You step into a room with a handful of other subjects and are informed you will be watching two presentations on the heart-tingling subjects of “electronic ink” and “optical switches.” The first, the researchers explain, took over eight and a half hours to prepare; the second, a disappointing 37 minutes. Afterward you are asked to judge the quality of the presentations.
Chances are, you rated the first presentation better than the second, and it’s not because you have a fondness for electronic ink; it’s simply because you were told that it took longer to prepare: A second group of subjects was told the exact opposite about the preparation times and again gave higher ratings to the longer prep-time. What’s worse: both groups told the researchers that such information shouldn’t matter when judging the quality of the presentation. But it did.
Think about this the next time your boss asks you to take on a project.
The attempt to look busy at work (even when you’re playing Space Invaders or bidding for items on e-Bay while you should be writing an invoice report, networking clients, or pumping out project proposals) is not just fodder for a Dilbert comic-strip joke. Dr. Maurice Schweitzer G’91 GrW’93, assistant professor of operations and information management at Wharton, calls it “an attempt to invoke the input bias.” According to Schweitzer, the amount of time or money put into something influences the way people perceive its quality.
Schweitzer, along with Karen Chinander of Florida Atlantic University, published their findings on input bias in the July 2003 issue of Organizational Behavior and Human Decision Processes. What they found was a direct correlation between people’s perception of input “quantity”—time, money, manpower—and their perception of output quality when comparing two items of the same caliber.
“There’s this great billboard for Lexus that says something like, ‘35,000 people took vacations in the south of France last year; none of them was a Lexus engineer,’” Schweitzer says. “I don’t really care that they went on vacation. Is it a good car? That’s what I care about. People can misperceive what these inputs are [measuring].”
Schweitzer warns that managers should watch for workers who misrepresent their work through inflated inputs. When managers are judging others—for example, trying to decide on who deserves a promotion—they should shield themselves from the input measures. On the other hand, employees and managers alike need to recognize that “people are going to judge you based in part on how hard they think you’re working, or how much time you’ve spent on something. You have to manage those impressions.”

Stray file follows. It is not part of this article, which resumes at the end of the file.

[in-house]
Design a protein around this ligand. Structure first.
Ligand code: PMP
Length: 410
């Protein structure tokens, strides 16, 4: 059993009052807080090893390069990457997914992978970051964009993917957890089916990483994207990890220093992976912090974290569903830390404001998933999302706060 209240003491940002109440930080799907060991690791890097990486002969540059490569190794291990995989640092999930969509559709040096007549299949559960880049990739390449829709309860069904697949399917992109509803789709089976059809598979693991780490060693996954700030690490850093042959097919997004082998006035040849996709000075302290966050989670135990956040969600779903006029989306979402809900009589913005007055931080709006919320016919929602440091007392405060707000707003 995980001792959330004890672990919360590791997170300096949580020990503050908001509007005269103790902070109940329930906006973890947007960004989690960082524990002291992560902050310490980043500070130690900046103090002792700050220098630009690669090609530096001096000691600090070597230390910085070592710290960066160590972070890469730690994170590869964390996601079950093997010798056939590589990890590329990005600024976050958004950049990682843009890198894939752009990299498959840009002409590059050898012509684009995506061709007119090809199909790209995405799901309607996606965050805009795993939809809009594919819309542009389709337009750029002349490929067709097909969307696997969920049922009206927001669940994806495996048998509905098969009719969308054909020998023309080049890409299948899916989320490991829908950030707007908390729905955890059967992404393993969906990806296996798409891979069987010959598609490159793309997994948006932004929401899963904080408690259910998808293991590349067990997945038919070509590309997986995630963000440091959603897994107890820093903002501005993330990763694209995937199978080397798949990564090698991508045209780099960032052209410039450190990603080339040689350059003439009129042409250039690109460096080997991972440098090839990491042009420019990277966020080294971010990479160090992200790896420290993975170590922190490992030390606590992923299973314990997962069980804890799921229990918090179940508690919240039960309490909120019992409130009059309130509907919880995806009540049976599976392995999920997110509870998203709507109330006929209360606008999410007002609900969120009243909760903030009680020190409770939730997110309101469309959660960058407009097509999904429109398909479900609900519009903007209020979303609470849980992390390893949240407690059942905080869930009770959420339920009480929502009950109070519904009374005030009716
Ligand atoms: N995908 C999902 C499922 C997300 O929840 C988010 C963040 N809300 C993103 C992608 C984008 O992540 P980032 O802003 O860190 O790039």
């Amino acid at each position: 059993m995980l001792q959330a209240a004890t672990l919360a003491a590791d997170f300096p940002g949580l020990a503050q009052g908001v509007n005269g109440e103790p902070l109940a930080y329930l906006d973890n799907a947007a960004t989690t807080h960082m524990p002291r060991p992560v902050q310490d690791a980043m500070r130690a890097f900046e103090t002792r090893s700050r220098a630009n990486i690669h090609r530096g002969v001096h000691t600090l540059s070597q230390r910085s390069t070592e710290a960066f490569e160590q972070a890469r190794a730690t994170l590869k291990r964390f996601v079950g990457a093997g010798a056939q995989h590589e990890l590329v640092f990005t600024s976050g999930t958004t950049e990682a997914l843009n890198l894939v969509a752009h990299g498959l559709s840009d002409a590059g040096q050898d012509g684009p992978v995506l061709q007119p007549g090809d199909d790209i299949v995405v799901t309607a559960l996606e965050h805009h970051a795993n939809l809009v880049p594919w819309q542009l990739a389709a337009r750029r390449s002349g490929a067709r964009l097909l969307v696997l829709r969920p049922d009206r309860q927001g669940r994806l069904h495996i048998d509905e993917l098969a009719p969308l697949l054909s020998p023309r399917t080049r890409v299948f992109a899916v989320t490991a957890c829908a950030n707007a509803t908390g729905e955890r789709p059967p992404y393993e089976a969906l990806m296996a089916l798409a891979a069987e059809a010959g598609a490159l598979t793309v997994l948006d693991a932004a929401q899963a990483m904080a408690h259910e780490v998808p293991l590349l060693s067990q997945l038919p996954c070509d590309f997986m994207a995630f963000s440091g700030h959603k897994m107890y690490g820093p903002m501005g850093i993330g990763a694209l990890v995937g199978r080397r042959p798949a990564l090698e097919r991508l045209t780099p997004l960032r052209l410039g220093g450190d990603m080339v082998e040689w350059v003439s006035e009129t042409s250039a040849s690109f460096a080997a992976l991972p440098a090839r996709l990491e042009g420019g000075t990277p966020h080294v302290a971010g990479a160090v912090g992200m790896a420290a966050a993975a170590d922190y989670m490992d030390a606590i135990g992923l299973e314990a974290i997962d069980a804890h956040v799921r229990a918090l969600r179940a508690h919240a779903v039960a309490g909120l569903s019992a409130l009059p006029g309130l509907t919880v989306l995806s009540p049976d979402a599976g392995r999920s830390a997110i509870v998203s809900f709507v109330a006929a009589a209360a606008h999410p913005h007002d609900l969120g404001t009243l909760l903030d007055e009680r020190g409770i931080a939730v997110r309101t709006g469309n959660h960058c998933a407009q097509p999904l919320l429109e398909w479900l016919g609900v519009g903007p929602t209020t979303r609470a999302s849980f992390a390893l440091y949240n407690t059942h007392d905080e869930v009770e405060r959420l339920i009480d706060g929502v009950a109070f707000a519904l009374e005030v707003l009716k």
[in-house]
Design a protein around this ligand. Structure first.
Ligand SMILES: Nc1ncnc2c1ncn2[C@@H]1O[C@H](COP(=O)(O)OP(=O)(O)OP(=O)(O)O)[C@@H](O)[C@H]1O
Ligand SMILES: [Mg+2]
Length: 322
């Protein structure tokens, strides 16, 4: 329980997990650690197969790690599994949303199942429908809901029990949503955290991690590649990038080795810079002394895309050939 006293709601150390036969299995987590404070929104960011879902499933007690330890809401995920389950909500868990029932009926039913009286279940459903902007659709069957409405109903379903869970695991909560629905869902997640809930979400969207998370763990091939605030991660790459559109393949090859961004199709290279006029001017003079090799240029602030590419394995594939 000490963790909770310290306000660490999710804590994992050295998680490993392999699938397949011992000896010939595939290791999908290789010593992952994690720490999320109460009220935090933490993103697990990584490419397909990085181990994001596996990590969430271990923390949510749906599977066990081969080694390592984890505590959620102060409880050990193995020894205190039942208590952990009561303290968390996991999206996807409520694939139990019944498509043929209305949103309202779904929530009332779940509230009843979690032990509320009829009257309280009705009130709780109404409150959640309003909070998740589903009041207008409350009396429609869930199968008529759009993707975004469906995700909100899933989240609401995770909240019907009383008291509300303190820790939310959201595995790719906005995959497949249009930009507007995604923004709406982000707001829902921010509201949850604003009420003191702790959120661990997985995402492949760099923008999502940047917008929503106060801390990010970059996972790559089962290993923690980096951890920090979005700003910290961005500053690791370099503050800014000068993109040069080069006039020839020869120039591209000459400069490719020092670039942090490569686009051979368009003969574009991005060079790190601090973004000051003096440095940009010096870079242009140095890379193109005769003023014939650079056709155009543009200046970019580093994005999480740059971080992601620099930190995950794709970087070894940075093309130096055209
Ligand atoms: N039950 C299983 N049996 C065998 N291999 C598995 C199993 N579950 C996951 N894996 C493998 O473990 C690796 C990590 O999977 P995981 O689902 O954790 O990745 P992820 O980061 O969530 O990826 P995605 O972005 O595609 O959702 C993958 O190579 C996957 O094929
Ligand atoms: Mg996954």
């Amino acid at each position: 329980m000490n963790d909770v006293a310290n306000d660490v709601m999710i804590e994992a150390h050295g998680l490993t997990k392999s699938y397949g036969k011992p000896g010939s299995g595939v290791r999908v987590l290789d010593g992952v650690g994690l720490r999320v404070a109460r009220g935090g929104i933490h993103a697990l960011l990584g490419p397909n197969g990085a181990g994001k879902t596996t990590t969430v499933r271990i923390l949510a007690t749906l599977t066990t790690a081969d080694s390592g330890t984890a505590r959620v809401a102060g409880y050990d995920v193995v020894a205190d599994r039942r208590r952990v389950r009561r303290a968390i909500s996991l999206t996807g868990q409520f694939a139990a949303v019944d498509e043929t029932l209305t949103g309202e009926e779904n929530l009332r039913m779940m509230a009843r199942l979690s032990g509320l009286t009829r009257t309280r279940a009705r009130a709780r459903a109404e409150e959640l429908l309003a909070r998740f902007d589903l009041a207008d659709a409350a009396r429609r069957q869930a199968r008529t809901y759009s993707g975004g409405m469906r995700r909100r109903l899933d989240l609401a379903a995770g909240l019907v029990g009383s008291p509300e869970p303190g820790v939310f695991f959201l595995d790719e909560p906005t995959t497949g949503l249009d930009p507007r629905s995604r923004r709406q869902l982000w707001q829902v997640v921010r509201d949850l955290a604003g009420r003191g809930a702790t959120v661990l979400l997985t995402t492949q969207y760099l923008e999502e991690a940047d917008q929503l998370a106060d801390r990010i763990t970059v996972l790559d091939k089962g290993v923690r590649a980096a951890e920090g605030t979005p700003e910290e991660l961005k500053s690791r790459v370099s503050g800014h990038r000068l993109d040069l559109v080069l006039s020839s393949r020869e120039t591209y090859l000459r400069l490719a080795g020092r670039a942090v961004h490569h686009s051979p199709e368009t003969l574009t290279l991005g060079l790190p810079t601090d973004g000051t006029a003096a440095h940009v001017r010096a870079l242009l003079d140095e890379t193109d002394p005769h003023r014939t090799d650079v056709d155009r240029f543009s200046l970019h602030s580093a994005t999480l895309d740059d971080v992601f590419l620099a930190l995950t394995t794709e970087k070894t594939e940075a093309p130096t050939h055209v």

When asked about the role of input bias in product marketing, Schweitzer is quick to reply, “I would like to promote it ethically,” but “in some cases you don’t want to make things look so easy. People care about the effort and the inputs and the amount of money you spend. The perception of those things impacts the way people judge [the outcome].”
Schweitzer, who is in the process of publishing a paper on emotions and trust judgments, got into the field of social psychology while working on his Ph.D. at Wharton in the OPIM department, which combines operations management and decision processes. “It’s a fascinating field in that we are just starting to understand how our judgment works,” he says. “We have adapted over the last hundred thousand years to do some things well, but still we have room to grow. Those limitations are becoming more apparent because we have computers,” he says. “We interact with more technology, we interact with more strangers, and we have to make rather rapid and sometimes important judgments about a lot of things.”
It’s clear he enjoys his work —including the opportunity to play mischievous tricks on his subjects. One test for the input bias involved giving people different types of tea to taste and telling them that one was brewed with more expensive machinery than the other was. High-quality teas were consistently judged by their input values (in the same way the presentations were), but some samples, spiked with salt and lime juice, were intentionally foul to check whether people think something “expensive” is good, even when it is nasty. It turns out they don’t.
“We said, ‘We need to make this tea really bad.’ It was really horrible, but it wasn’t as bad as when we first started off with even more salt,” Schweitzer recalls. “My assistant came back and he said, ‘You know this tea is really terrible.’ I said, ‘Great!’ He said, ‘No, we can’t use this. Somebody spit it back at me.’”
—Patrick Brugh C’05